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Campaign launched to explore the impact of coronavirus on culture

The campaign “seeks to explore how culture and the creative industries can thrive in the digital age”.

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The Palace Theatre is one of a host of culture venues affected by lockdown (Victoria Jones/PA)

The Palace Theatre is one of a host of culture venues affected by lockdown (Victoria Jones/PA)

The Palace Theatre is one of a host of culture venues affected by lockdown (Victoria Jones/PA)

A new campaign has been launched to explore the impact of coronavirus on culture and how the creative industries can engage audiences online.

The Arts and Humanities Research Council (AHRC) project, titled Boundless Creativity, includes a number of public events which aim to give people access to culture using “interactive and immersive digital technologies”.

The campaign was launched with the help of historian and broadcaster Mary Beard, Booker Prize winner Bernardine Evaristo and Killing Eve star Fiona Shaw.

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Mary Beard is among those supporting the campaign (Dominic Lipinski/PA)

Mary Beard is among those supporting the campaign (Dominic Lipinski/PA)

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Mary Beard is among those supporting the campaign (Dominic Lipinski/PA)

Andrew Thompson, the AHRC executive chair, said the campaign “seeks to explore how culture and the creative industries can thrive in the digital age and how research from the arts and humanities can help that to happen”.

Shaw said that the current crisis may cause people to re-evaluate the value of art created before the pandemic.

“This happened with the First World War,” she said.

“Things pre-First World War seemed immaterial and I think in that way things that seemed very important three months ago are going to seem incredibly unimportant at the end of this.”

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Fiona Shaw said that the pandemic might change how we thing about culture (Ian West/PA)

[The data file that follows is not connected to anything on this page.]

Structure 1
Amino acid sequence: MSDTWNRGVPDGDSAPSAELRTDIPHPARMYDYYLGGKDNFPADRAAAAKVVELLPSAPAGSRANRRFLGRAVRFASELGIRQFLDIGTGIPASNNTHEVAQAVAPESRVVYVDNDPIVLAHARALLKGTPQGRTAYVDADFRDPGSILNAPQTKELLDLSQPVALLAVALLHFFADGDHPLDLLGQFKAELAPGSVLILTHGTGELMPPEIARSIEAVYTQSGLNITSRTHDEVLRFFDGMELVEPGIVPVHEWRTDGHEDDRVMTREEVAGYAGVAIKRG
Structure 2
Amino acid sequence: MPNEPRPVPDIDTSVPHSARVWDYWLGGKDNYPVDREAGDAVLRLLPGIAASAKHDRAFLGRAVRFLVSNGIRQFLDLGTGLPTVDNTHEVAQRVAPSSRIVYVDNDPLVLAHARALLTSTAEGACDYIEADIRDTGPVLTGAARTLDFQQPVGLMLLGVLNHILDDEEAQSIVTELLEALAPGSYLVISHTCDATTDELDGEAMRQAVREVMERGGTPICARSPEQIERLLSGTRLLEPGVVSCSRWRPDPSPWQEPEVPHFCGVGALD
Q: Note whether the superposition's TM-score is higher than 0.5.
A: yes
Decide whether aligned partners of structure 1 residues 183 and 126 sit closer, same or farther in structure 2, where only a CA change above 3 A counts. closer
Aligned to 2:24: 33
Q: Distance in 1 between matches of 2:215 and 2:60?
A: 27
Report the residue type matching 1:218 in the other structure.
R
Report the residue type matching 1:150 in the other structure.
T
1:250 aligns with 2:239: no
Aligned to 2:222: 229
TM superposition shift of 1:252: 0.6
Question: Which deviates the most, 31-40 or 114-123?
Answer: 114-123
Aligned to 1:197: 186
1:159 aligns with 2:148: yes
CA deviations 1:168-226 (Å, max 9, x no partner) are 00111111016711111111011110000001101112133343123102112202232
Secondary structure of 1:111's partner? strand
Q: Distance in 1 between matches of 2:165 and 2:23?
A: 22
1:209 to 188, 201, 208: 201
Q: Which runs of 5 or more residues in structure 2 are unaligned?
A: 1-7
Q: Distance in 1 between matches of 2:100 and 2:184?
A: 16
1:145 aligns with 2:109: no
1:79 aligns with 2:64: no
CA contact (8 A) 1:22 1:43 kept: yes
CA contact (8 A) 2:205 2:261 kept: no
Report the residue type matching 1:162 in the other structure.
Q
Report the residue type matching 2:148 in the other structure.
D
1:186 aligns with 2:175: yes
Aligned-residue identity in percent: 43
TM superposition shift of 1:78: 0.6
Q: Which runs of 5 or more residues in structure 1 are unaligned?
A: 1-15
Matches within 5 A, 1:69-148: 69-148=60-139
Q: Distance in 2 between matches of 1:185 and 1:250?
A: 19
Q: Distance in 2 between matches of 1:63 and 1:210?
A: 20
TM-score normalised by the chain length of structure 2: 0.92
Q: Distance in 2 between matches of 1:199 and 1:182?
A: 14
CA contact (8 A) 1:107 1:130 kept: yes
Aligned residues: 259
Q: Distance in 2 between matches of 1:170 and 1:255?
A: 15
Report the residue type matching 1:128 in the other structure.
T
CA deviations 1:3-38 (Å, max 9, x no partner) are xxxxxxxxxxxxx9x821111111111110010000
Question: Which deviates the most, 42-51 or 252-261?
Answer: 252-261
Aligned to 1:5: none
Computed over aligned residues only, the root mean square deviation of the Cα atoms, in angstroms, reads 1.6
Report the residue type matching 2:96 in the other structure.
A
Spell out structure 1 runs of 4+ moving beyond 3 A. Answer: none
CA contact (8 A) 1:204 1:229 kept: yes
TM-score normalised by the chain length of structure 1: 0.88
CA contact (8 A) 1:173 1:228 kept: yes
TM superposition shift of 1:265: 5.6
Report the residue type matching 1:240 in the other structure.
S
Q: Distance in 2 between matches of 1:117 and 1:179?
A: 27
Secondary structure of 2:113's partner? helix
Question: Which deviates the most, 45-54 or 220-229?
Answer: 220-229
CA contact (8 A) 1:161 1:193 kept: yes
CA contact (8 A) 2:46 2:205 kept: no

Fiona Shaw said that the pandemic might change how we thing about culture (Ian West/PA)

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Fiona Shaw said that the pandemic might change how we thing about culture (Ian West/PA)

The campaign includes a digital event at the Hay literary festival called Reimagining Wordsworth, which will see stars including Benedict Cumberbatch, Toby Jones, Helen McCrory and Stephen Fry give readings as part of a live broadcast.

A series of short animated films will also be produced as part of a collaboration between the AHRC and the BBC and made available on the broadcaster’s Culture In Quarantine website.

The Towards A National Collection project will also see the AHRC collaborate with major galleries, museums, archives and libraries to provide analysis of the kinds of cultural content people are currently viewing, as well as ways in which access can be improved in the future.

A trial of virtual reality technologies with organisations including the Science Museum, the National History Museum and esports company Weavr will also explore how audiences can engage with culture and live events from home.

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Toby Jones will feature in an event at the Hay literary festival (Isabel Infantes/PA)

Toby Jones will feature in an event at the Hay literary festival (Isabel Infantes/PA)

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Toby Jones will feature in an event at the Hay literary festival (Isabel Infantes/PA)

Daisy Fancourt, associate professor of psychobiology and epidemiology at University College London, who has her research funded by the AHRC, said it would be “particularly interesting” to see whether current trends in the digitalisation of the arts continue to have an impact after the pandemic.

“The technology opportunities that are being developed for the arts because of this virus mean there will be many more people who are isolated or living in remote areas who don’t simply have the same access levels who will now have a specific catering that will continue to speak to them,” she said.

The campaign was praised by Culture Secretary Oliver Dowden.

He said: “Britain is a world leader in both creativity and innovation, and the Boundless Creativity project will speed up the development of new and exciting ways of engaging, entertaining and educating audiences, not just in the UK but around the globe.”

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